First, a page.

Danielle Foster had mysterious symptoms. Describing her symptoms, she said, "I lay in bed all day long. I'm always tired. I'm always in pain."
Carolyn Conley alsy has mysterious symptoms. "It's like you're in a fog. It's like you can't even think," she said.
Karen Wetherby had similar symptoms. She said, "Basically, a migraine for four months." She continued, "I was basically at the point like find something or shoot me."
All three women had the same problem. They suffered from a chiari (key-are-eee) malformation, a defect in the base of the skull. It happens when there's not enough space in the skull for the Cerebellum and brainstem, which creates too much pressure.
According to Doctor Michael Seiff, a Neurosurgeon from Sunrise Hospital in Las Vegas, "A lot of times, they're [women] told it's in their heads."
Dr. Seiff relieves the problem in a single surgery. He needs to, make the hole at the bottom of the skull bigger, just remove a lip of bone.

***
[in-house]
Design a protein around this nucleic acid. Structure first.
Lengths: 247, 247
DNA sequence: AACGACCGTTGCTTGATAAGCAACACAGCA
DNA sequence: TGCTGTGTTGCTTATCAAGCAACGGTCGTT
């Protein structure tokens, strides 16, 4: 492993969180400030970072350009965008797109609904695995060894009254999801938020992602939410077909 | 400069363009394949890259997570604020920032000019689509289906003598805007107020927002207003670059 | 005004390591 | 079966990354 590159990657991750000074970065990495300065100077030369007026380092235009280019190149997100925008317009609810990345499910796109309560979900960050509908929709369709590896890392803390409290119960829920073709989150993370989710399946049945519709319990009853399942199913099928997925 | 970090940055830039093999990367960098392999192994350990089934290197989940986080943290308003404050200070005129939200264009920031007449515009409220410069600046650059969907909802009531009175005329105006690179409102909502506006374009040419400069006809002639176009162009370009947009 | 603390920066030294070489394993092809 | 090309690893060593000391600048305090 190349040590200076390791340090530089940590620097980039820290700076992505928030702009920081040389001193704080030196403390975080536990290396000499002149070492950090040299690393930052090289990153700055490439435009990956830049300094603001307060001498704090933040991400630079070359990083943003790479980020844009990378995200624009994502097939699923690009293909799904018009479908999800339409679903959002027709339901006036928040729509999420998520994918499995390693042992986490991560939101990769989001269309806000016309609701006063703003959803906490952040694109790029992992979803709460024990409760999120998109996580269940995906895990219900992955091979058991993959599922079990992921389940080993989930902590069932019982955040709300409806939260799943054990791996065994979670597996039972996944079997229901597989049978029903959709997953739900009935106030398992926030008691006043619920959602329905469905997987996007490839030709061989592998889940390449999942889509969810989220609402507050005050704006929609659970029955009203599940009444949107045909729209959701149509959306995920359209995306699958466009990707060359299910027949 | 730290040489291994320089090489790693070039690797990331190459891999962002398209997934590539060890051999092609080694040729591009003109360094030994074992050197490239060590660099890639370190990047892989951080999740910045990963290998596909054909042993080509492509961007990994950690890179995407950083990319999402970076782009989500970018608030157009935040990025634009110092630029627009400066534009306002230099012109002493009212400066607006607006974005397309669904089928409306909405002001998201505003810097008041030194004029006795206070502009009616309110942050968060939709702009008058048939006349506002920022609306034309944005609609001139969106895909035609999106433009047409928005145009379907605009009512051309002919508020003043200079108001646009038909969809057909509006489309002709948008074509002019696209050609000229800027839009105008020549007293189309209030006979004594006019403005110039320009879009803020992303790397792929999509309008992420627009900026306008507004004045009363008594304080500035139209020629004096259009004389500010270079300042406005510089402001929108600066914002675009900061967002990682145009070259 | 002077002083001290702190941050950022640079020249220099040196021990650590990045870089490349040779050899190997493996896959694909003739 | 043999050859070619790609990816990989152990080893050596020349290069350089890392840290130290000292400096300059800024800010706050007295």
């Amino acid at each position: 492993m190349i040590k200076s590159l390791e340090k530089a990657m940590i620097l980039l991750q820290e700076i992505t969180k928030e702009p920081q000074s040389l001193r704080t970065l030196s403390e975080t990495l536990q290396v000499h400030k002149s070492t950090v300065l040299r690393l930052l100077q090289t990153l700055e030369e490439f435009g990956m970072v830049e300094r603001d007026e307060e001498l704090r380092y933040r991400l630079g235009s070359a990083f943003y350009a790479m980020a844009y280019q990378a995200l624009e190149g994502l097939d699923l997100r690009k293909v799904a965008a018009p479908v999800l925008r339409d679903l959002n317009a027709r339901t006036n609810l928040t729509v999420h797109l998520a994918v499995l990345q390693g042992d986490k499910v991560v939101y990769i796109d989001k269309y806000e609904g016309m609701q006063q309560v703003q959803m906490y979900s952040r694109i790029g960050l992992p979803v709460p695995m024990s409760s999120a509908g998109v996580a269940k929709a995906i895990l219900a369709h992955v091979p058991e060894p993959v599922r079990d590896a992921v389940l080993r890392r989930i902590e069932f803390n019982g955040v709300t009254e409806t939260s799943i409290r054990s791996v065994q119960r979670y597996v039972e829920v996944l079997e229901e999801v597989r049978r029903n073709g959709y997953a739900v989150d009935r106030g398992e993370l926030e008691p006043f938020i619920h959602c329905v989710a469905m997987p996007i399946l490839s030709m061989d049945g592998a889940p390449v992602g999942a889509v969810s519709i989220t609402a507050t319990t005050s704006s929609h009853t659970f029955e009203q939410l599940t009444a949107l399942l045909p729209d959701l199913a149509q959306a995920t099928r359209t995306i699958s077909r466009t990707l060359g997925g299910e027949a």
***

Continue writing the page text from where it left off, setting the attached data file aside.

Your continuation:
Foster, a mother of two, was hoping for a new life after surgery. She said, "I've got an 8-year-old that's never had a real mom."
To help Foster, Dr. Seiff drilled into her head and removed bone at the base of the skull to create more space. The same surgery helped Wetherby and Conley. They found that their headaches and numbness were gone after the surgery and that their fatigue and joint pain are disappearing.
After surgery, Foster said "I absolutely feel like a new person." She is now the mother she always wanted to be.